Fountains come in many forms. It can be integrated with a water garden or it can be a stand-alone system. A fountain can make a subtle statement or it can be a main focal point in the landscape. Statuary placed at the edge of a pond or out in the water is a way to personalize a garden to you.
A disappearing fountain has quickly become a popular way to have the sound of moving water and the visual effect of the flowing water without having a water garden with plants and fish. This type of fountain is a result of people who want a water element in the garden, but don’t have time or desire to build a complete water garden system. The disappearing fountain has all of the reasons to include water in a garden, sound and motion, but without the additional care a garden pond requires. It is perfectly suited to a faster paced lifestyle!
What does a disappearing fountain consist of?
The ornamental part will typically be a vase, urn, bowl, statue, drilled boulder or even a fountain head nestled among decorative stone. This is the part that is seen, the focal point; all else is hidden from sight. Most things that can have water flowing through them can be made into a disappearing fountain. As long as the container that is hidden under the ground is large enough to catch the splash from the fountain, the ornament can be virtually anything.
A basin assembly is the container for the water and pump. This is buried to the rim in the ground with the pump installed inside below an access door. Pre-manufactured assemblies make the installation quick and easy. They are made in round and square basins from 2 to 4 feet in size. At one foot deep, they hold enough water to minimize the amount of time between filling. Support inside the basins give enough strength to support heavy fountain pieces on top. A cover of grating on top of the basin assembly allows for a layer of ornamental stone to complete the hiding of the “works” of the disappearing fountain.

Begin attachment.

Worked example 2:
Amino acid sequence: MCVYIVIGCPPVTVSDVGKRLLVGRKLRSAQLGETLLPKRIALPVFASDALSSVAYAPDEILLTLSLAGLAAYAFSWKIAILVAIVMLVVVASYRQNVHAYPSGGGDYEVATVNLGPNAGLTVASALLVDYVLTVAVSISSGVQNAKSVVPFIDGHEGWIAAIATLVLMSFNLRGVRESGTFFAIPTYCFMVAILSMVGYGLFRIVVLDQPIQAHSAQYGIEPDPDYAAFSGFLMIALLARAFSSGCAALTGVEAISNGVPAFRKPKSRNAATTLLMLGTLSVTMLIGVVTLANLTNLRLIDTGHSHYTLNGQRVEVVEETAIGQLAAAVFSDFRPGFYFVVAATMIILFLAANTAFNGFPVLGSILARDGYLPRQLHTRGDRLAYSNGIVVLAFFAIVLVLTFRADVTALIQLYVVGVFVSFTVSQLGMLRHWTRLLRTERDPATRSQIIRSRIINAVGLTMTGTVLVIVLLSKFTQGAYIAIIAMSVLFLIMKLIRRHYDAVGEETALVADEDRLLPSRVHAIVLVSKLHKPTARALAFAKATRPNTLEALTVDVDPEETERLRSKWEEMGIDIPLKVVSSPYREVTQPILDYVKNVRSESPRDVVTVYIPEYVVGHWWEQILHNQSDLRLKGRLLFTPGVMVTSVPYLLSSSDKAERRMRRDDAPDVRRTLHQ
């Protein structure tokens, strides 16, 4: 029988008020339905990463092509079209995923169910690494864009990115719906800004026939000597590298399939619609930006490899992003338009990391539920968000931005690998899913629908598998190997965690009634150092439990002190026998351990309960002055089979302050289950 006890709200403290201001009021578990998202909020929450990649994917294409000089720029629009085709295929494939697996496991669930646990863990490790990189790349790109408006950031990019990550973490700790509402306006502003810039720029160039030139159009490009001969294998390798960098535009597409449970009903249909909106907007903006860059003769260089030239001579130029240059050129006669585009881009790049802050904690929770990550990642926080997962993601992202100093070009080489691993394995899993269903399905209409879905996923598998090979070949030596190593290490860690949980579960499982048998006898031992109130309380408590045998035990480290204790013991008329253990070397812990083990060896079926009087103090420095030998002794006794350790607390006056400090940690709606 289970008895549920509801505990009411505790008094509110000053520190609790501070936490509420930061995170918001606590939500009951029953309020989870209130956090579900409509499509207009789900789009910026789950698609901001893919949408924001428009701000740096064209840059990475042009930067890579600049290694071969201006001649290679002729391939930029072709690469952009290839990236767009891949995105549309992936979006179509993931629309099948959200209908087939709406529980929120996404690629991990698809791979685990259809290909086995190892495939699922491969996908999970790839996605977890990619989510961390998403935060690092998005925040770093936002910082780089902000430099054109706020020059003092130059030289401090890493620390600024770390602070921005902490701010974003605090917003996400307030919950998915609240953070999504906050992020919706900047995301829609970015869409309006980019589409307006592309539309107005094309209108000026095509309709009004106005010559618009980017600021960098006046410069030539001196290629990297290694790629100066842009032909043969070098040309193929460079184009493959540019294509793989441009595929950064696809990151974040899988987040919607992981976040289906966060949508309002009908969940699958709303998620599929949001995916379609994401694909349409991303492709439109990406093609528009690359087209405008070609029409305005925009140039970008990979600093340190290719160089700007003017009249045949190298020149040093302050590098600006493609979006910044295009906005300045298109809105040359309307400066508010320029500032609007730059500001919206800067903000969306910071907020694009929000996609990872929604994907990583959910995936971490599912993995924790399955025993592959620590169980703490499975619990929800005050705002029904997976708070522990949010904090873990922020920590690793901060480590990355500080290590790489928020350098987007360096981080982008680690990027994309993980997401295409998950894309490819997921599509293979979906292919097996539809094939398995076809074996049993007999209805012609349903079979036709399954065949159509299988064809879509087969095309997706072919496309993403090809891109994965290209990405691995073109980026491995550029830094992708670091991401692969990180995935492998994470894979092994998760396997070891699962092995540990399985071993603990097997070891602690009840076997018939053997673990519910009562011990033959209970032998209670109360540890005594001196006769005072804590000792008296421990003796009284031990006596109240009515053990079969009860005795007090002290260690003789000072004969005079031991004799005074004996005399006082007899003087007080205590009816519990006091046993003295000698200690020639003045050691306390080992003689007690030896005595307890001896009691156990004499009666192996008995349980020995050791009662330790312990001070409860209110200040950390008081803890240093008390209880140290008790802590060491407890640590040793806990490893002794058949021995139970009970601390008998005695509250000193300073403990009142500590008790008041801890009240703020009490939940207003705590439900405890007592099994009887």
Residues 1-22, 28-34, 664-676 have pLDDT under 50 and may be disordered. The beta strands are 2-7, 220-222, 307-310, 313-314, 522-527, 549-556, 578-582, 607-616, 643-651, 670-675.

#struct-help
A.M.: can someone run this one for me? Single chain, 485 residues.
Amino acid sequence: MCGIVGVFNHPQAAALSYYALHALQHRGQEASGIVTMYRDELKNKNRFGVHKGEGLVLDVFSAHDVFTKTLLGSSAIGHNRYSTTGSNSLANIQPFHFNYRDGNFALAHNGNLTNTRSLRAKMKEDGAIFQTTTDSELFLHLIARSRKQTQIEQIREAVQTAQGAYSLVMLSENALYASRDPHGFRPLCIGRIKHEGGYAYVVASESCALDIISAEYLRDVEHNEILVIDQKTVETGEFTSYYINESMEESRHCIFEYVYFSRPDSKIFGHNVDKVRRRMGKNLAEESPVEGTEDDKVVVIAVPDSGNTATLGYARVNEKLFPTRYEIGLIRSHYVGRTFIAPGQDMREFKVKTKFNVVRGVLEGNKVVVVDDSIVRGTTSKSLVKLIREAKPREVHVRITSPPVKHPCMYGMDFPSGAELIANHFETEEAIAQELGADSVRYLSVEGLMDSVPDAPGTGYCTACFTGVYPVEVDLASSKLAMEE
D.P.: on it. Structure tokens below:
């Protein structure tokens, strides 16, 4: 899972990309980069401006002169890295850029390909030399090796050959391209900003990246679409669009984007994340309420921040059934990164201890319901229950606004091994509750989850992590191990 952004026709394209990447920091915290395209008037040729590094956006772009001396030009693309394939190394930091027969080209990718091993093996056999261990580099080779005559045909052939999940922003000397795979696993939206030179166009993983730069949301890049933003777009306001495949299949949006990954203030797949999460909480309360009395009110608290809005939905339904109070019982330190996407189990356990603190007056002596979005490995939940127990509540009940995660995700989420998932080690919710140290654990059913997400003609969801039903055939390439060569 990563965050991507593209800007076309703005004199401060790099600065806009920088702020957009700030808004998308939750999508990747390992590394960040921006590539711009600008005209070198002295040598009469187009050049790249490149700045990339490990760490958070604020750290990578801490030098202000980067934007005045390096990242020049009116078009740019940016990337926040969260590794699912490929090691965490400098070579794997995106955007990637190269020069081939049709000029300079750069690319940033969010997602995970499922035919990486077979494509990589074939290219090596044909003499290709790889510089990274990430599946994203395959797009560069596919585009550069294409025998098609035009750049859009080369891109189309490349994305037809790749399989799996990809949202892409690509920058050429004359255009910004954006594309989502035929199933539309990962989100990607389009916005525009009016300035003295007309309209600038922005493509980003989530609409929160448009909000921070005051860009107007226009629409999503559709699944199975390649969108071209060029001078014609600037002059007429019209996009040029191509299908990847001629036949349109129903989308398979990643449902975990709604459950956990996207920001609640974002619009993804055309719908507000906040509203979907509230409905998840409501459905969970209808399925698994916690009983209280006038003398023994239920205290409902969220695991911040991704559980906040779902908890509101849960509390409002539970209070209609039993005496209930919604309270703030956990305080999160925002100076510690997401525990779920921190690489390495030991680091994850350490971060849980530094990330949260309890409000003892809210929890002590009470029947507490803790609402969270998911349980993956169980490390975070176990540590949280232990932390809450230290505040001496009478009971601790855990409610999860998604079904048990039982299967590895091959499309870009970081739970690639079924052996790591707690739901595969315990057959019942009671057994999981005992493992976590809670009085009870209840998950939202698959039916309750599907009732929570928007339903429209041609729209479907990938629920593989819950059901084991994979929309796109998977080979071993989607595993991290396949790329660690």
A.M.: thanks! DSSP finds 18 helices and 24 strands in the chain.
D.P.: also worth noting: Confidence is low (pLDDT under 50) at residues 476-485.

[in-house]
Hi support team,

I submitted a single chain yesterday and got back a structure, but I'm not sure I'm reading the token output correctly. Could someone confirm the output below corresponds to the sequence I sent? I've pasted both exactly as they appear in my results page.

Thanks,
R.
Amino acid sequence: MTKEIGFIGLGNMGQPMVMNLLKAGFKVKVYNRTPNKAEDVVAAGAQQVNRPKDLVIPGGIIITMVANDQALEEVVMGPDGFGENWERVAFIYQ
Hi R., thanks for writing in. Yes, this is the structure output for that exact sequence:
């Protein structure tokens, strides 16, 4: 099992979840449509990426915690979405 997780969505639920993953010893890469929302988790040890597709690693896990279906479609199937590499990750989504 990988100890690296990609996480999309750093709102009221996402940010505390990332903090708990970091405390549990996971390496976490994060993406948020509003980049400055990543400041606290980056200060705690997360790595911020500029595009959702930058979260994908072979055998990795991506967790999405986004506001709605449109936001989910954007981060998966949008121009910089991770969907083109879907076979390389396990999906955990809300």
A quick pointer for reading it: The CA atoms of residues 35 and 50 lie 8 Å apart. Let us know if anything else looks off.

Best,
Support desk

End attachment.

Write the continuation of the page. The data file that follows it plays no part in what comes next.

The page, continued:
The pump is chosen to match the fountain piece. This may require a little help from us! There are many pump sizes and brands, let us help you choose the correct one for you particular vase or statue.
Regular maintenance is minimal. Use of a regular weekly application of Fountec keeps the algae in check and prevents mosquitoes from laying eggs. This product is safe for birds, dogs and cats. Our fountains here at Springdale are our dog’s favorite drinking bowl. Clean fallen leaves from the stones that cover the grate regularly to keep the water clean beneath the grate. Weekly check in the Fall is recommended.
In Winter you may want to keep the fountain running as long as possible to enjoy the interesting ice formations that build up around the stone and vase or statue. In extreme cold temperatures, turn off the fountain, and drain all water from the vase. Standing water will freeze and break the pottery if not drained out. Remove the standpipe inside of the vase to ensure complete draining. Consider covering the fountain to keep water and snow from filling the vase during freezing months.
Here in the Shenandoah Valley of Virginia, we turn on the fountains in March and leave them on through October. In a mild winter or climate, it is possible to operate the fountain much longer. Keep a close watch on the temperatures and turn off if necessary and drain the vase or statue. The basin below can remain filled with water and the pump in place, unless you are in the coldest parts of the U.S.